When the release button (not shown) is depressed, a stop value is derived from the stored values by the instructions of the control apparatus 21, according to the conditions including the luminance of the object to be photographed, and the distance to the object. If the derived stop value is F 11, for example, then the direction of flow of electric current to be supplied to the coil 6a of the first coil member 6 is determined. Then, a signal indicating this direction is applied to the driving circuit 26. Subsequently, a stop control signal is produced to excite the coil 6a. This rotates the first coil member 6 in a counterclockwise direction against the resilience of the resilient member 19, and then the member 6 stops. After completing the energization of the coil pattern 6a of the first coil member 6, the driving circuit 26 excites the coil pattern 7a of the second coil member 7. Then, a suitable period during which the shutter blades are tripped is calculated using the stop value derived as described previously. The second coil member 7 then begins to rotate in a counterclockwise direction in a velocity matched to the calculated period. This rotation of the member 7 turns the control lever 10, which engages with the recess 9 via the pin 10b, also in a counterclockwise direction and urges the shutter blades 14 to open the aperture.

When the pin 10a of the lever 10 engages with the step of the groove 8 in the coil member 6 set for F 11, the second coil member 7 is also halted. At the same time, the blades 14 which continued to move are held in that position. In this case, if the suitable period during which the shutter blades are tripped is long, the coil members 6 and 7 are also maintained in those conditions.

The supply of current to the coil members 6 and 7 is cut off immediately before the suitable period elapses. This causes a resilient member (not shown) to restore the first coil member 6 to its initial position, i.e., the intermediate step of the groove 8 with which the pin 10a of the lever 10 engages. Then, the resilience of the spring 13 of the lever 10 rotates the second coil member 7 in a clockwise direction up to its initial position, thus completing the exposure control operation.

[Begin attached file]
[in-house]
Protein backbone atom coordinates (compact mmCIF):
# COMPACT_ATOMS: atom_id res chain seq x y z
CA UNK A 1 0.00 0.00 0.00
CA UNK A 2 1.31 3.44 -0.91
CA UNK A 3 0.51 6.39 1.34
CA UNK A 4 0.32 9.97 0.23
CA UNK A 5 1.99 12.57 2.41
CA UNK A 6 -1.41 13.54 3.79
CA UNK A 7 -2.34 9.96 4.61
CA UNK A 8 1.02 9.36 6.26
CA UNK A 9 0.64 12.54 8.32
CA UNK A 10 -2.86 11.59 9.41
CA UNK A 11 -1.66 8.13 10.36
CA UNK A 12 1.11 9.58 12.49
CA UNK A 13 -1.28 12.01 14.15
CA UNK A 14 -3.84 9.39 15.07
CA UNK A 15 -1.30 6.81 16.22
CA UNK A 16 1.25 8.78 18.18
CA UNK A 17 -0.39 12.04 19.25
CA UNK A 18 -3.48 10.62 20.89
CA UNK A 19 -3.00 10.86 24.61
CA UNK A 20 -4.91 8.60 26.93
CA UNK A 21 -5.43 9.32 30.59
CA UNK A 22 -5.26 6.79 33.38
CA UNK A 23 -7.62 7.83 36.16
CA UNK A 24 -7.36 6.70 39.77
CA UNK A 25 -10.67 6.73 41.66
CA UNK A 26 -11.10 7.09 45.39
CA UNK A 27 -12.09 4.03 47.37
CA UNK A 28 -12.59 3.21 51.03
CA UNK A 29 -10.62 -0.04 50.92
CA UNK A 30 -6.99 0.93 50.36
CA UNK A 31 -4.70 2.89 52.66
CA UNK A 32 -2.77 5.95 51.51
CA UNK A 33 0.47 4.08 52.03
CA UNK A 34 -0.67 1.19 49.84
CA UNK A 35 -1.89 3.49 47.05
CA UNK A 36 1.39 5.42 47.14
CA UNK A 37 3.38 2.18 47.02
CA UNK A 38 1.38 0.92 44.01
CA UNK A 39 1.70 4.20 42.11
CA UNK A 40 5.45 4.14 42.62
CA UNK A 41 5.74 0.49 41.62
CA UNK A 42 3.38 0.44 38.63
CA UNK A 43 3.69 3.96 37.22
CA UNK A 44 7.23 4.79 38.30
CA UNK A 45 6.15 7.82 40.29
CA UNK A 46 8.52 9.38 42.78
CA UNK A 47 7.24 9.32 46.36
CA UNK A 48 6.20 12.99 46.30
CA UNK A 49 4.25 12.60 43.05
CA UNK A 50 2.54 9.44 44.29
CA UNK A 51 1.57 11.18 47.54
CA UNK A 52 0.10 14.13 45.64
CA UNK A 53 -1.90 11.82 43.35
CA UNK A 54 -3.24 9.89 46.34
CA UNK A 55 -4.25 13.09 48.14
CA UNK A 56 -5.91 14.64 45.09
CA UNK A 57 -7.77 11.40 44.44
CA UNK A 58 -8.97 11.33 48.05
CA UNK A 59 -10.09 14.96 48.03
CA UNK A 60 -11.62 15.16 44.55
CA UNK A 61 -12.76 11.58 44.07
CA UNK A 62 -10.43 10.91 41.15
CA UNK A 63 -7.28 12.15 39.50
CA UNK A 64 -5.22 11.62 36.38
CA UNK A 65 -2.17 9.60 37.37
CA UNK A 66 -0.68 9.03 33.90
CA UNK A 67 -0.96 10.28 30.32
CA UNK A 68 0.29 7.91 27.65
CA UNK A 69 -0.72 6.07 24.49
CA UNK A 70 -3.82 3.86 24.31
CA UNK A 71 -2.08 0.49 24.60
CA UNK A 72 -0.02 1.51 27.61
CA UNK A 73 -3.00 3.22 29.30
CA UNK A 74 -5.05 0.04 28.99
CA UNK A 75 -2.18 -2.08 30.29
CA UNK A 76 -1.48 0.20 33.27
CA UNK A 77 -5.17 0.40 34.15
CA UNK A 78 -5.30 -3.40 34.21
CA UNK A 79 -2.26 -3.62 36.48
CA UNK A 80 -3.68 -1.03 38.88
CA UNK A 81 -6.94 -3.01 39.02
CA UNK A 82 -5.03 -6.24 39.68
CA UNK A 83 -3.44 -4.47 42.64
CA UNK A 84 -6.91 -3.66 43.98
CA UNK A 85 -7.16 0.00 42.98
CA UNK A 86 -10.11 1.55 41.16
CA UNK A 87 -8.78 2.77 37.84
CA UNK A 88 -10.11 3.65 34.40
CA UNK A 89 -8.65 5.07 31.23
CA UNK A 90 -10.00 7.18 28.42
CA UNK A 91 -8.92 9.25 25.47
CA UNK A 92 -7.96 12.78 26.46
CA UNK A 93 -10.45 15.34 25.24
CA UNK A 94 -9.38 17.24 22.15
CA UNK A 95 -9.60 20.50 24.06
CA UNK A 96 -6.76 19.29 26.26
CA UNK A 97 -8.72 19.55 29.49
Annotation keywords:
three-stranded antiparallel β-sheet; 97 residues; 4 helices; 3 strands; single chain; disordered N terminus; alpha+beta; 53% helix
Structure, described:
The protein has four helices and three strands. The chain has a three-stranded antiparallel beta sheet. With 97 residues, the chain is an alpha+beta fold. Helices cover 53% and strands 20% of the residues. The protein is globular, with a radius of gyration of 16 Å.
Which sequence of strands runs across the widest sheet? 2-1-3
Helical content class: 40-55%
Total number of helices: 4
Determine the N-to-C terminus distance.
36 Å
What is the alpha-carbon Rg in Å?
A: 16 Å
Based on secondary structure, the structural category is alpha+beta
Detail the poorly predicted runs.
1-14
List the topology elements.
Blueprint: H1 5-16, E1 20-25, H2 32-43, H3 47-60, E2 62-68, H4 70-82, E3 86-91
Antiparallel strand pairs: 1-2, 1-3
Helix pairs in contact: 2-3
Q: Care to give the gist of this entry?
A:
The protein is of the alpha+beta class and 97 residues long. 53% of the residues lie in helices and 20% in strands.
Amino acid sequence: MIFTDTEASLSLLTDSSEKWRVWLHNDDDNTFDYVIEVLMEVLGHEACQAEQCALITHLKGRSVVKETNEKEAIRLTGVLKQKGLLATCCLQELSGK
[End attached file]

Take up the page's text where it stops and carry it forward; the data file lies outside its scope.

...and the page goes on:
<2> Automatic Exposure Control Mode Utilizing a Combination of Stop and Time

The first coil member 6 is displaced such that the pin 10a of the diaphragm control lever 10 is located on the open side of the groove 8 corresponding to F 2.8. The distance that the second coil member 7 moves can be controlled by changing its velocity. This can be achieved by varying either the period during which the member 7 is energized or the magnitude of the electric current. If the value of the stop obtained by the arithmetic operations is F 16, for example, the first coil member 6 is rotated in a counterclockwise direction so that the pin 10a of the lever 10 may be placed in the position in the groove 8 corresponding to F 11. If the value is F 8, then the pin 10a may be brought into the position in the groove 8 corresponding to F 5.6. Other various control operations may be adopted at will.

<3> Manual Control Mode

This control mode can be effected as long as combinations ot the aforementioned stop priority automatic exposure control mode and automatic exposure control mode utilizing a combination of stop and time permit.

As hereinbefore described, in the novel device, the two moving coil members are disposed between the fixed permanent magnets and the yoke opposite to the magnets, one of the coil members acting to drive the stop shutter blades, the other acting to determine the diameter of the aperture of the stop. These coil members are driven one after another. Hence, the small-sized and lightweight device can permit stop priority automatic exposure control mode and manual exposure control mode which have been impossible for the prior art electromatically driven shutter device, as well as automatic exposure control mode utilizing a combination of stop and time.

Referring next to FIGS. 6 and 7, there is shown another shutter device according to the invention. Note that the same components of this device as those shown in FIGS. 1-3 are indicated by the same reference numerals as in the previous figures. The second moving coil member 7 of this device is provided with a jagged tooth 28 for controlling the diameter of the aperature of the stop. The device includes a diaphragm control lever 30 having a claw 30a at its tip, and is so constructed that the first moving coil member 6 causes the claw 30a to enter the tooth 28 with a snap. In particular, the lever 30 has a pin 30b which engages with a groove 29 formed in the first coil member 6. When the member 6 rotates in a clockwise direction, the claw 30a at the tip of the lever 30 enters the tooth 28 with a snap, thereby stopping the second coil member 7 which were driving the stop shutter blade 14 at that position. As a result, the diameter of the aperture formed by the blade 14 is limited.